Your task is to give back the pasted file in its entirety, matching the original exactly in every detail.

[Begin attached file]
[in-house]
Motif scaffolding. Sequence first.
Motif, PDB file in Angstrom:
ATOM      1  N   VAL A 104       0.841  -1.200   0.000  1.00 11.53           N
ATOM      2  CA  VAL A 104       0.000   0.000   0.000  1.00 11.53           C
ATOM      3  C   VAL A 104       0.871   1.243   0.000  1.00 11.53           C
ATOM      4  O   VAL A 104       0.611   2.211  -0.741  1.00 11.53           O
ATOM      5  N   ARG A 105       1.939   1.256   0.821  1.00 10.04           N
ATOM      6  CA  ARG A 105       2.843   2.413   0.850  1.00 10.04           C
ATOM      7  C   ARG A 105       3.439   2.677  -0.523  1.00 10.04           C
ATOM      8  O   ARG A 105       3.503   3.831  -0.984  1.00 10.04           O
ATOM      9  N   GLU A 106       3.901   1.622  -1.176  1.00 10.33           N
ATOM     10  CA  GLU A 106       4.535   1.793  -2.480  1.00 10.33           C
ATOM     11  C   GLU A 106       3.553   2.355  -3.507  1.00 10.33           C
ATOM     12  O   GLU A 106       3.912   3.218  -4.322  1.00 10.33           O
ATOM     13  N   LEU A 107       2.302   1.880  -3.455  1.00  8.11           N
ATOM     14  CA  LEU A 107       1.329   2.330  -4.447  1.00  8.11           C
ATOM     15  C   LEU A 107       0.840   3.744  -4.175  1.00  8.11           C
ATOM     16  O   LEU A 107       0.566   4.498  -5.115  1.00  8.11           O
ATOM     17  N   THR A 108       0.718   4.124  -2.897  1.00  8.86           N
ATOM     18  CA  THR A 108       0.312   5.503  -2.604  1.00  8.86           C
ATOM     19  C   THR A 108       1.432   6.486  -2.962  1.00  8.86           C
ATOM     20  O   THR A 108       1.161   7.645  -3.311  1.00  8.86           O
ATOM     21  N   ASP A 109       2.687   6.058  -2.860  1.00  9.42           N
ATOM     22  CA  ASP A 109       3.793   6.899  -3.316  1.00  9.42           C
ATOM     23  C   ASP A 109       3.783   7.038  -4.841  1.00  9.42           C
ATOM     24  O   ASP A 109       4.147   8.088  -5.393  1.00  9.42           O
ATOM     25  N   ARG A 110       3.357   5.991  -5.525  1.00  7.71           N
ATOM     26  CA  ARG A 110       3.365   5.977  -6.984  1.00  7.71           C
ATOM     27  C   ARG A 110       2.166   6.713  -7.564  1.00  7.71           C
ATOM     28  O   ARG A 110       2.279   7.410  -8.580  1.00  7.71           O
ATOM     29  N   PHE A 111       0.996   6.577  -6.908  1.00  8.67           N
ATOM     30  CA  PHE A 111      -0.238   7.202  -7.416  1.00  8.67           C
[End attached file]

[in-house]
Motif scaffolding. Sequence first.
Motif, PDB file in Angstrom:
ATOM      1  N   VAL A 104       0.841  -1.200   0.000  1.00 11.53           N
ATOM      2  CA  VAL A 104       0.000   0.000   0.000  1.00 11.53           C
ATOM      3  C   VAL A 104       0.871   1.243   0.000  1.00 11.53           C
ATOM      4  O   VAL A 104       0.611   2.211  -0.741  1.00 11.53           O
ATOM      5  N   ARG A 105       1.939   1.256   0.821  1.00 10.04           N
ATOM      6  CA  ARG A 105       2.843   2.413   0.850  1.00 10.04           C
ATOM      7  C   ARG A 105       3.439   2.677  -0.523  1.00 10.04           C
ATOM      8  O   ARG A 105       3.503   3.831  -0.984  1.00 10.04           O
ATOM      9  N   GLU A 106       3.901   1.622  -1.176  1.00 10.33           N
ATOM     10  CA  GLU A 106       4.535   1.793  -2.480  1.00 10.33           C
ATOM     11  C   GLU A 106       3.553   2.355  -3.507  1.00 10.33           C
ATOM     12  O   GLU A 106       3.912   3.218  -4.322  1.00 10.33           O
ATOM     13  N   LEU A 107       2.302   1.880  -3.455  1.00  8.11           N
ATOM     14  CA  LEU A 107       1.329   2.330  -4.447  1.00  8.11           C
ATOM     15  C   LEU A 107       0.840   3.744  -4.175  1.00  8.11           C
ATOM     16  O   LEU A 107       0.566   4.498  -5.115  1.00  8.11           O
ATOM     17  N   THR A 108       0.718   4.124  -2.897  1.00  8.86           N
ATOM     18  CA  THR A 108       0.312   5.503  -2.604  1.00  8.86           C
ATOM     19  C   THR A 108       1.432   6.486  -2.962  1.00  8.86           C
ATOM     20  O   THR A 108       1.161   7.645  -3.311  1.00  8.86           O
ATOM     21  N   ASP A 109       2.687   6.058  -2.860  1.00  9.42           N
ATOM     22  CA  ASP A 109       3.793   6.899  -3.316  1.00  9.42           C
ATOM     23  C   ASP A 109       3.783   7.038  -4.841  1.00  9.42           C
ATOM     24  O   ASP A 109       4.147   8.088  -5.393  1.00  9.42           O
ATOM     25  N   ARG A 110       3.357   5.991  -5.525  1.00  7.71           N
ATOM     26  CA  ARG A 110       3.365   5.977  -6.984  1.00  7.71           C
ATOM     27  C   ARG A 110       2.166   6.713  -7.564  1.00  7.71           C
ATOM     28  O   ARG A 110       2.279   7.410  -8.580  1.00  7.71           O
ATOM     29  N   PHE A 111       0.996   6.577  -6.908  1.00  8.67           N
ATOM     30  CA  PHE A 111      -0.238   7.202  -7.416  1.00  8.67           C